One of the elements lacking in my every day life out here is a sense of community and support. It is something that comes with time, but the familiarity of it is something I knew I would miss, even before moving. However, I didn’t quite understand just how much until I finally returned to the farm.
Many who experience Shambhala Music Festival often recall it to be one of, if not the best festivals they have ever attended. Those who have not been often ask me why this is, or what it is about Shambhala that makes it so special. Having been depraved of its richness (for just long enough), I have drawn the conclusion that it boils down to a couple of things, the first being that it is housed in a rather intimate setting yet boasts a very high production value.
Taking the Pagoda stage as an example, Robbie Campbell was wise to invest so much time in a local Canadian visual team. From the group to bring you the mind-bending Executioner stage for Excision, Beama Visual Environments continue to raise the bar for projection animation and visual jockeys alike as they lit up the Pagoda in such a way that was nothing short of a spectacle. The animations themselves birth an alternate reality within the compounds of the stage area, and illuminate the artists in ways that are truly exquisite. The VJs are ever masterful at their craft, their timing impeccable and mixing impactful but tasteful. It appears that the iconic laser isn’t the stage’s bread & butter anymore either. The grounds themselves have seen the development of leisurely additions enjoyed by all, such as a water fountain, a watch tower dressed up in local art, and a permanent slushie machine: perfect for the hot weather that the festival consistently enjoys. Even the subtle touches like the dragon carvings encapsulating the infamous circles frontside, and new graffiti each year on the surrounding walls gives the stage a satisfying look in the daytime. In turn, the Pagoda sees heavy-hitting headliners including Pretty Lights, Claude VonStroke & Zeds Dead (to name a few) and in recent years, stealing the festival’s notorious & highly sought after Bassnectar.
In the eyes of the community, I am admittedly still an adolescent but it has been a real treat to see the development of the festival over the course of my years involved with it. This magical evolution has been observed at all of the main stages, as if each year they are not only trying to outdo themselves, but each other- a friendly competition where everybody wins in the end. In turn, there is no question that no matter where you roam, you will encounter a world that is excitingly weird and wonderful.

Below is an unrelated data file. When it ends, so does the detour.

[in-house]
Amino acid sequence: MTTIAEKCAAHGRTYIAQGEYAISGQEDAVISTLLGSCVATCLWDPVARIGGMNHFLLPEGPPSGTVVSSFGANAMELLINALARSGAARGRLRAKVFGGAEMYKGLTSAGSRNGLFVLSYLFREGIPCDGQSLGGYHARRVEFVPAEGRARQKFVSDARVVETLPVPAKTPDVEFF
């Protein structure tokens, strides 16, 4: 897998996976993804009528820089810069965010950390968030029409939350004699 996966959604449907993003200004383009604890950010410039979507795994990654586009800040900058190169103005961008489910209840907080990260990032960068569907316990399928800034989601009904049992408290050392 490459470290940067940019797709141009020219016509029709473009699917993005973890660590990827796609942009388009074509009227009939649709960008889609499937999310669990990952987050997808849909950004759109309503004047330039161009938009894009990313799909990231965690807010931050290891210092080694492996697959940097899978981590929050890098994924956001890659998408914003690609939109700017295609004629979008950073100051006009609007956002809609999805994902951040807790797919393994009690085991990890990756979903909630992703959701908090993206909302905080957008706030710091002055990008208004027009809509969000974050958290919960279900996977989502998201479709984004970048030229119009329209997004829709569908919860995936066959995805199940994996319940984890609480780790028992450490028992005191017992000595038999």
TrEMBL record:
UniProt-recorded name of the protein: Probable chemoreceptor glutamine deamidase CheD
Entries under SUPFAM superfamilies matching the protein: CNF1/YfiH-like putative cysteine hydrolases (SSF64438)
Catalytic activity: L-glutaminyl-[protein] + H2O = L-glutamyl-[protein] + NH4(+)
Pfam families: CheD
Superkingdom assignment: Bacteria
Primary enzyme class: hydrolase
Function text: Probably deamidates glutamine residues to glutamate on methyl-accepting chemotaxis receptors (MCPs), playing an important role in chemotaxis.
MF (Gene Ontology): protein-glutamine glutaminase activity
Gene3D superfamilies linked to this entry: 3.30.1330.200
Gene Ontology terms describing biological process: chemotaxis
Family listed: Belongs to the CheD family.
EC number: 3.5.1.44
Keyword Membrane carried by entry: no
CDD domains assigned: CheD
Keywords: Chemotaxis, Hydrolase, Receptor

Shambhala is not only an experience that inspires love and support for each other, but also allows the individual to thrive and explore themselves. There is no question that you will experience an amazing sense of belonging and acceptance from most, if not all that you encounter. This is the other fundamental aspect that makes the festival so special: the community. Whilst I’m sure it exists elsewhere, I have yet to experience another festival with a stronger sense of family than Shambhala (and I have been to my fair share of them). From VIP treatment for the crew to the air-tight artist liaison team to ‘punters’ parading out and about, the sense of artistic community and unconditional support speaks volumes, and is probably the single thing that I have missed the most. I suppose it isn’t referred to by some of the veterans as the ‘farmily’ for no reason. Whether you find yourself huddled in the hammocks within the forest, raging to the deadly drops of those PK subs, meditating to mid-tempo grooves, bedazzled by all the pretty lights, or whispering sweet nothings to your love on a star-blanketed walk back to camp, you feel the love. Be it with someone you just met or your closest friends.
Before I continue to sound like a starry-eyed Shambhalover, I would also like to mention how impressed I was with the consistent and lengthy lines at this year’s Harm Reduction tent. This is a great example of how the festival promotes safe partying, be it through testing drugs or educating people about safe sex. The roaming Shambassadors (that I personally encountered several times) and the ‘Sanctuary’ (that I know for a fact has saved many from a bad time) speak to how the festival has engaged with its audience properly, providing support and further encouragement of a safe and fun environment for all.
Shambhala Music Festival is where I was first inspired to do what I do today, and where I find myself a little bit more with each year that I attend. Every year is more exciting than the last, rich with experience and full of splendid memories to take away. One place that I can count on to feel accepted and inspired, as well as engaged with the world around me. A candidness that cannot be replicated or replaced, and an adventure that I encourage to be experienced by all. Please visit my high-res album in full here.